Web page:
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Procedural oversight means RMOW has to hold another public hearing for polarizing development

Staff failed to notify school district of development plans for 5298 Alta Lake Road 
Developer Michael Hutchison presents on a housing proposal for 5298 Alta Lake Road at an open house in October 2019. The project is set for a second public hearing after a procedural error at municipal hall.

If you’re a fan of marathon public hearings, boy, have I got good news for you. 

Whether a hardcore politico or nearby resident, you will have a second chance for input into a housing development slated for 5298 Alta Lake Road after a procedural oversight by the Resort Municipality of Whistler (RMOW) triggered a redo on a public hearing that was held almost exactly one year ago to the day.  

“Staff really want to acknowledge the huge setback this is in terms of the processing trajectory for this rezoning application and staff really want to reach out and say thank you to the applicant for being so very understanding,” said planning manager Melissa Laidlaw at the regular meeting of council on Tuesday, March 8. 

If approved, the project proposed by Empire Club Development would add 21 employee-restricted units, 11 tourist-accommodation units, and 11 market residential units to the 1.93-hectare parcel on the shores of Nita Lake. Because the development necessitates an amendment to Whistler’s Official Community Plan (OCP) bylaw, the RMOW had a statutory obligation to consult with several public bodies prior to first reading. One of those is School District 48, which was not notified in time. The school board has since responded, indicating the project would result in a potential increase to the Kindergarten-to-Grade-12 population of about 10 children, and “further noted that with the way their schools are operating at capacity, any potential increase in student population will have an impact on our schools,” Laidlaw said. 

Council voted to rescind third reading of that bylaw, along with a zoning amendment bylaw that, while not triggering the same consultation requirements, will still be considered at a future public hearing alongside the OCP amendment, “as the two bylaws are so intrinsically connected,” noted Laidlaw. 

The Empire Club project was first proposed in 2018, one of the first to be considered under the RMOW’s private developer guidelines for employee housing. General manager of resort experience Jessie Gresley-Jones said in an interview following the March 8 meeting that staff were so focused on getting Whistler’s updated OCP adopted in 2020 that they missed an important procedural step.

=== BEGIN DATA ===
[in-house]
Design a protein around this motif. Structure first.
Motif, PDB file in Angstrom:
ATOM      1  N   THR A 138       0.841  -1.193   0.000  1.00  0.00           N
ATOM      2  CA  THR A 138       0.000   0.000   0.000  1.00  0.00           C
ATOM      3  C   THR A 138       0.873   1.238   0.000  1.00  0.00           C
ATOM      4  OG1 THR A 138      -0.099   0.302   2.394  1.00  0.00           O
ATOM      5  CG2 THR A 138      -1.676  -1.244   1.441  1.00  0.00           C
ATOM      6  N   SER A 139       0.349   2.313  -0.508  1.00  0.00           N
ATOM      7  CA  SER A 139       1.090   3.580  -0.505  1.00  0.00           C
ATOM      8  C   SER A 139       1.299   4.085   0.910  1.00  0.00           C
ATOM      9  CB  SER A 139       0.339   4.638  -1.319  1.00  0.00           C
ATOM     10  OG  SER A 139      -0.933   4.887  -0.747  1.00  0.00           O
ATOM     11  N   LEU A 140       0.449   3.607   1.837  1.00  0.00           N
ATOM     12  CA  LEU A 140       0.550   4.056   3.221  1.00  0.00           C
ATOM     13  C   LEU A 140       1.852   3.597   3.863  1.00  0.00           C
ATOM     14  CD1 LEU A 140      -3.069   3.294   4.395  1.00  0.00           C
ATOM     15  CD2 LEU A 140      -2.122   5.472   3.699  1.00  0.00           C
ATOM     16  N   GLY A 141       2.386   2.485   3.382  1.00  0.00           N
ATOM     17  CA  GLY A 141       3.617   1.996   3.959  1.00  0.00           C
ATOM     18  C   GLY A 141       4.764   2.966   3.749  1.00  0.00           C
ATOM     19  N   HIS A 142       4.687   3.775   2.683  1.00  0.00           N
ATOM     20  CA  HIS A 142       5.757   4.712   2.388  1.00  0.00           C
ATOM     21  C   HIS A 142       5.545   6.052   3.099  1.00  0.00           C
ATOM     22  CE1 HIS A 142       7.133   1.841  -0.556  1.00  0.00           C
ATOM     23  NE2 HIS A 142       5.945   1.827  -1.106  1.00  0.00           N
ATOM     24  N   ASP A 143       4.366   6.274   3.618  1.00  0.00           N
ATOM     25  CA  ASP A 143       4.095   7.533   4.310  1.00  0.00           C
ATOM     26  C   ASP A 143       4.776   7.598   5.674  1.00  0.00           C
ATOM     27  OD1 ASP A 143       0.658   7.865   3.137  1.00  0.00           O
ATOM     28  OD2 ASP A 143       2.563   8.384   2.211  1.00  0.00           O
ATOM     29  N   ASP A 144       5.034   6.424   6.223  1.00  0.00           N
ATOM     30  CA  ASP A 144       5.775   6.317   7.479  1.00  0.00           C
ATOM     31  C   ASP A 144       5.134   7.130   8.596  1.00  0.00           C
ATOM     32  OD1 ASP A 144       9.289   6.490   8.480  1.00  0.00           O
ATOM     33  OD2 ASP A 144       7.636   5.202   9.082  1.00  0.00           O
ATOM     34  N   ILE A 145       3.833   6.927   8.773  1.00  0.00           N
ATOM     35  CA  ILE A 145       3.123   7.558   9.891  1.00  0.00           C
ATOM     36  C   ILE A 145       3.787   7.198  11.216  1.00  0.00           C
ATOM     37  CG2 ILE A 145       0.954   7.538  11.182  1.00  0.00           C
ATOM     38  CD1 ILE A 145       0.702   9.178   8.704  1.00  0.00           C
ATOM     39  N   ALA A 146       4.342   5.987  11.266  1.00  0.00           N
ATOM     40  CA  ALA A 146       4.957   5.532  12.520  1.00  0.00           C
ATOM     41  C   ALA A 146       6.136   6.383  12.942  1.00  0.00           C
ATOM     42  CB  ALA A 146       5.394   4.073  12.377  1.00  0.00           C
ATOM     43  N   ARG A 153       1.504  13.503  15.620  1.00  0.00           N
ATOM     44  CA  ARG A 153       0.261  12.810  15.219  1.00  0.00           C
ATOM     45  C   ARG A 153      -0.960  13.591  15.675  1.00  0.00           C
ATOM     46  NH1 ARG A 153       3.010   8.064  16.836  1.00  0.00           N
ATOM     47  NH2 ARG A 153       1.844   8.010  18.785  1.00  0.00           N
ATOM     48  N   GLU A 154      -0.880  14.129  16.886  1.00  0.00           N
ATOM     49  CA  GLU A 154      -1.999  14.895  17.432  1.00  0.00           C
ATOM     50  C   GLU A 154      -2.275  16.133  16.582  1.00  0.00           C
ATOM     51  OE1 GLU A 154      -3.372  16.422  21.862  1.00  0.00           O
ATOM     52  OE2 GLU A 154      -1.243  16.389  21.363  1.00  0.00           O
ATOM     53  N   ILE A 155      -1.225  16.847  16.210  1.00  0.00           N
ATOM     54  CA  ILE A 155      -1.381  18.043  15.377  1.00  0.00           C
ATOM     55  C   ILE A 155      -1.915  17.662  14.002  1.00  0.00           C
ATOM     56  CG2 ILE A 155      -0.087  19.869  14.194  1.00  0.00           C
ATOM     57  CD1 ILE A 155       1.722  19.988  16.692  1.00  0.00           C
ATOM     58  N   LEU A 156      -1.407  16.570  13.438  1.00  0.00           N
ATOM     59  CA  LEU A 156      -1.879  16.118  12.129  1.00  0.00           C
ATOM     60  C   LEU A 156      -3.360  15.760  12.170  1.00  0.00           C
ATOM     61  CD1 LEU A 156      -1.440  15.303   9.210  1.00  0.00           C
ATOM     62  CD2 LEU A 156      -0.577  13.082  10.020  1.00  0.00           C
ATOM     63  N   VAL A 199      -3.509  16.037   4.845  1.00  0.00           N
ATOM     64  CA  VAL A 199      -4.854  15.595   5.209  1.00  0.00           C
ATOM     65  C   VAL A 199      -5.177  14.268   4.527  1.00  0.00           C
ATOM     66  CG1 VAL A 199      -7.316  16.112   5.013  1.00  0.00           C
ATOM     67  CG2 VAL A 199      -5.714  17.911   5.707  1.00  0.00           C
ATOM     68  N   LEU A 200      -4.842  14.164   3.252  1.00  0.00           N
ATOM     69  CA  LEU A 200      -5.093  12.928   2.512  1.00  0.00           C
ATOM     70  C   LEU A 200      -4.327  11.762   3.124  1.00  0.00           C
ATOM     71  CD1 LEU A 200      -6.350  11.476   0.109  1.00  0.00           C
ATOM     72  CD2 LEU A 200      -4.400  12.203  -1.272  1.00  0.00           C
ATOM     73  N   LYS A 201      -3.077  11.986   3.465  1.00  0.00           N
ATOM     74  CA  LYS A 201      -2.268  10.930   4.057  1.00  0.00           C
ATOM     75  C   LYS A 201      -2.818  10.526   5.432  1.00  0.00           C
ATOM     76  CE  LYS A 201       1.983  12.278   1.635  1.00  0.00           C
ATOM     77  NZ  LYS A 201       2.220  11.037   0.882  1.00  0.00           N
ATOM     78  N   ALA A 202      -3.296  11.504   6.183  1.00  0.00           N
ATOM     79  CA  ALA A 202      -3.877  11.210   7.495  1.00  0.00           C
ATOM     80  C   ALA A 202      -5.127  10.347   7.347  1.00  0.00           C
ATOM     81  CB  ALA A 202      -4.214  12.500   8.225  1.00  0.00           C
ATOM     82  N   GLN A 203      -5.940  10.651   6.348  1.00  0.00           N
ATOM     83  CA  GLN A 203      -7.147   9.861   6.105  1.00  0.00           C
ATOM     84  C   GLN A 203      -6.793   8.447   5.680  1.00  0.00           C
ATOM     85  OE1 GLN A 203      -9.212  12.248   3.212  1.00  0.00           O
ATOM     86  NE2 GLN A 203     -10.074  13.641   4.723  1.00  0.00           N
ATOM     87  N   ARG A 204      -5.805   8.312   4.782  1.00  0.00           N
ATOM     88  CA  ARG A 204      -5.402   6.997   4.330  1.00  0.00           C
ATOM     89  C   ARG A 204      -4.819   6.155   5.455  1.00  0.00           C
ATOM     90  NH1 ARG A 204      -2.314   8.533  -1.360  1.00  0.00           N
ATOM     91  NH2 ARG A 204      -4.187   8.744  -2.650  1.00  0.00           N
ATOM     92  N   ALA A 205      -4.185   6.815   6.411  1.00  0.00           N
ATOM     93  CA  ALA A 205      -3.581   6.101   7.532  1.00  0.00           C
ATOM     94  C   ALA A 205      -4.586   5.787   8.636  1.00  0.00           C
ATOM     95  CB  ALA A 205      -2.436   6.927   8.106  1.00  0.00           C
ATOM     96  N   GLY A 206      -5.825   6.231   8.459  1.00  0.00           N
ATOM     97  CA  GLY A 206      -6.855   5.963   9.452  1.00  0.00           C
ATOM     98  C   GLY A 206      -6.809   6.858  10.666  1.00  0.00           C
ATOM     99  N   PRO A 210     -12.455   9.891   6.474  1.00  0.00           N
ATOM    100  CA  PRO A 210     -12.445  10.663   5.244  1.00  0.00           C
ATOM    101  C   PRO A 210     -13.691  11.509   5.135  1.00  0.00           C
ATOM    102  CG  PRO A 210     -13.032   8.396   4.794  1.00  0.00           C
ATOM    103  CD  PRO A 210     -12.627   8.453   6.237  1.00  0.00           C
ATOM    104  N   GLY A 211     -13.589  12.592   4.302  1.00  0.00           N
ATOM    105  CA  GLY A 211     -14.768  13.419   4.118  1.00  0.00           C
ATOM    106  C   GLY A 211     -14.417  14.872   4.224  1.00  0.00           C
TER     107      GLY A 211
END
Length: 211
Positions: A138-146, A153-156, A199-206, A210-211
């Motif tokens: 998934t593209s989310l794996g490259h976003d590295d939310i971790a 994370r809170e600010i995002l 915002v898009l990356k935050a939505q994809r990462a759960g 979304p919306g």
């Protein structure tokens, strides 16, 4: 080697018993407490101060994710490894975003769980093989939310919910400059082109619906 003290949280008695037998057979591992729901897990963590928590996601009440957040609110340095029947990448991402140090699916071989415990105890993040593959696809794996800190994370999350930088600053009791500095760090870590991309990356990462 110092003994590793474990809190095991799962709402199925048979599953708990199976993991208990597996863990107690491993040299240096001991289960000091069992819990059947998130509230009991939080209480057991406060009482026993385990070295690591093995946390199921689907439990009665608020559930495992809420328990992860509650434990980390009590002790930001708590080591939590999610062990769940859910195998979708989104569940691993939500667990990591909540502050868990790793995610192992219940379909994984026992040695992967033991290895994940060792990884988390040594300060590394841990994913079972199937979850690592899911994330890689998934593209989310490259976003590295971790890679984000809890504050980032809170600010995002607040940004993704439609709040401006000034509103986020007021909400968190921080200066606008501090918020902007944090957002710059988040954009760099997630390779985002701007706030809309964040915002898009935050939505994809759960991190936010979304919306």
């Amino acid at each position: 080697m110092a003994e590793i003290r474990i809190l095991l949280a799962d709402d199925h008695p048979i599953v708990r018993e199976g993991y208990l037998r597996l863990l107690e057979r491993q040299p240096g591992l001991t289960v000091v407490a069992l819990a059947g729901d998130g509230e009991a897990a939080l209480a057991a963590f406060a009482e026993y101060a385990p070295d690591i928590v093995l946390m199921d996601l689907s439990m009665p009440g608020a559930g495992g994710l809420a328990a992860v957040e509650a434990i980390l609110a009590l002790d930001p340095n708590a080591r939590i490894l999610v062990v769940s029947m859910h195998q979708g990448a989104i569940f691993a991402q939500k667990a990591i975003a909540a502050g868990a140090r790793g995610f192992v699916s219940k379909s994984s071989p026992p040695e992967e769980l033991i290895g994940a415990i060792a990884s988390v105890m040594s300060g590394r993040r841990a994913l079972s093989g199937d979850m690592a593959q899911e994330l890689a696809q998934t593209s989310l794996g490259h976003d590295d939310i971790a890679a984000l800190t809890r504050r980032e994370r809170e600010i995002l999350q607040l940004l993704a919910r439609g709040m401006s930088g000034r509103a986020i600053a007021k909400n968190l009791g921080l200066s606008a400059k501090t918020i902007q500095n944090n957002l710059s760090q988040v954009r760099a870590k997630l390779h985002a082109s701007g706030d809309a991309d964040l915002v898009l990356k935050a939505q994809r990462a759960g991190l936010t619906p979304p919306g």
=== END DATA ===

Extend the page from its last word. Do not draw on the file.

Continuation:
“I think we’ve been in a mindset of trying to get the OCP approved for many years and not in the process of amending,” he said. “So, yeah, it was a step missed and really unfortunate. I think the positive in this is that there are many conditions to be met prior to adoption and so the work on those has continued to occur in the background while we’re making this corrective action.” 

The project garnered swift and significant backlash after it was put forth, and has been amended multiple times to better accommodate both staff and residents’ concerns. Although opinion in the community seemed to sway against the development in its early incarnations, a lengthy public hearing held over Zoom last March was fairly evenly divided between backers and critics. 

The proponent has a long list of conditions to meet for the project to move forward, including the transfer of 1.44 ha. for a nature conservation area and community park, 0.5 ha. of land dedicated to future employee housing, the restoration of two heritage buildings on the site, and an extension to the Valley Trail.  

Gresley-Jones did not know off the top of his head the additional staff time and costs that will be dedicated to arranging a second public hearing, but said the extra staff time “wasn’t substantive.” 

Notably, this is not the first OCP-related snafu to hit municipal hall. In 2014, a B.C. Supreme Court judge quashed adoption of Whistler’s OCP from a year prior—forcing it to revert back to an older OCP from 1993—after it ruled the province had not adequately consulted with the Lil’wat and Squamish Nations as required. It wasn’t until June of 2020 that Whistler’s new OCP was finally adopted, nearly a decade after the RMOW first set out to update its foundational planning document.